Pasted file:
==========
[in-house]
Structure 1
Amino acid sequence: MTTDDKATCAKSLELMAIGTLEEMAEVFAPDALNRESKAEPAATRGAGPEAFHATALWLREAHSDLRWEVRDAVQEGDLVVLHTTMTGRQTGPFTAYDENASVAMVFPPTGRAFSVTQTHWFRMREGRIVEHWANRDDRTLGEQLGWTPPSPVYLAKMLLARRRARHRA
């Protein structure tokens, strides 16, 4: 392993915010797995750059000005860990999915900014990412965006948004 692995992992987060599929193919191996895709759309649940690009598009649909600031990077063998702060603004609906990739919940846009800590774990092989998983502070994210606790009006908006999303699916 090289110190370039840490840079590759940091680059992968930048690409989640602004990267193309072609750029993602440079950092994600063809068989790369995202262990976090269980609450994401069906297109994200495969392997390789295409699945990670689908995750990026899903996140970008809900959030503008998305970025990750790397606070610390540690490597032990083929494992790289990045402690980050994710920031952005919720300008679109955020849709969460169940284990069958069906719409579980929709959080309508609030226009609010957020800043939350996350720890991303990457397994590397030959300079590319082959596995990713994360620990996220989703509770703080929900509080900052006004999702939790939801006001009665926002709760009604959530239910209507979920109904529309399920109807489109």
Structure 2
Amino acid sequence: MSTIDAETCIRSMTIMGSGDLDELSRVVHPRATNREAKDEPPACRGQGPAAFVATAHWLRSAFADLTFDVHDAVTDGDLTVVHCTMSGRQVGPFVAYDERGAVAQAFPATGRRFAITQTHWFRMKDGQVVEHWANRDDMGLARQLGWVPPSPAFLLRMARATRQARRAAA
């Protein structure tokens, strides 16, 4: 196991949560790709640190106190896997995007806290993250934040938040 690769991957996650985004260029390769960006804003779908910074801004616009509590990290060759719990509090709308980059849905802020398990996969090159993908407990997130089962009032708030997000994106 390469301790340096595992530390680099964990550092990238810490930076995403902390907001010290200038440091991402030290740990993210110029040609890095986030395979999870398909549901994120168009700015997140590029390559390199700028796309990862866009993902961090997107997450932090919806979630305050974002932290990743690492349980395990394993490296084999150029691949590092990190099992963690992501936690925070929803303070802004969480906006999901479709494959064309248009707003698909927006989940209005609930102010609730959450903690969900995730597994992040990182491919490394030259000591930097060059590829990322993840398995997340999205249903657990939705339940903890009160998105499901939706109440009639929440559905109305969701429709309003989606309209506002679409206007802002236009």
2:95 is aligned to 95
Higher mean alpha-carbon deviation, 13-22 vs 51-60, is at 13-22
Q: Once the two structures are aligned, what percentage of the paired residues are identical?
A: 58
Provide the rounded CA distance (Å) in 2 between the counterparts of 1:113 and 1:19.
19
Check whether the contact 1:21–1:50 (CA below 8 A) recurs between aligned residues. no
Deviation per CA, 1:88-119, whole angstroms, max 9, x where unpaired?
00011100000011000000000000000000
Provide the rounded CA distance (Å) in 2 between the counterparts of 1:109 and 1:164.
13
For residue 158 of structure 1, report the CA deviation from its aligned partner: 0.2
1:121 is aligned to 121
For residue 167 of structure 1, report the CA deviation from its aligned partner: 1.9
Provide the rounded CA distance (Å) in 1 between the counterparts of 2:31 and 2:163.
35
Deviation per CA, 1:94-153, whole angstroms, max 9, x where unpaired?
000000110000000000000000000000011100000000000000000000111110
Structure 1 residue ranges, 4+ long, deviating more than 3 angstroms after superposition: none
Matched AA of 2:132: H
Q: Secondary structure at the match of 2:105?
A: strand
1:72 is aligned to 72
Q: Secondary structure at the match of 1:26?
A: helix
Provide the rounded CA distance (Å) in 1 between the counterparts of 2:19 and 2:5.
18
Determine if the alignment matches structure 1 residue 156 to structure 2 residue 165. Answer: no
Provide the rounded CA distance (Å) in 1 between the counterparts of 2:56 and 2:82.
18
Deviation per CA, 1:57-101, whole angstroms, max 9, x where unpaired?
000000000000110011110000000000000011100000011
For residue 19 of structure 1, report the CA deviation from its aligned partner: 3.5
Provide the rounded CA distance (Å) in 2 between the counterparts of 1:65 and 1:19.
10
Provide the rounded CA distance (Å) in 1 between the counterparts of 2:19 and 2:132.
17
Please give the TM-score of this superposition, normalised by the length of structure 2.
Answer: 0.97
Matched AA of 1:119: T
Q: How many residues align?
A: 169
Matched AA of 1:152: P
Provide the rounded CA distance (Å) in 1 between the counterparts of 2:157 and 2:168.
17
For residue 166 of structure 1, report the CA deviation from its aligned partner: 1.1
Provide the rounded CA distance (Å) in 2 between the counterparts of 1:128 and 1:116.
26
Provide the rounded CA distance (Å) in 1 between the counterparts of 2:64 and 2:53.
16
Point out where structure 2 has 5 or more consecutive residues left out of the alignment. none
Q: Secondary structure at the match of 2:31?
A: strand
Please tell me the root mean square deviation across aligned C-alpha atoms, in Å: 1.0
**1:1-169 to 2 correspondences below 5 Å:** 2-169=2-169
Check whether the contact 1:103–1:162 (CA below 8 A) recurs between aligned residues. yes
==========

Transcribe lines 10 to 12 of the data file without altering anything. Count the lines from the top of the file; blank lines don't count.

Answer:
Q: Once the two structures are aligned, what percentage of the paired residues are identical?
A: 58
Provide the rounded CA distance (Å) in 2 between the counterparts of 1:113 and 1:19.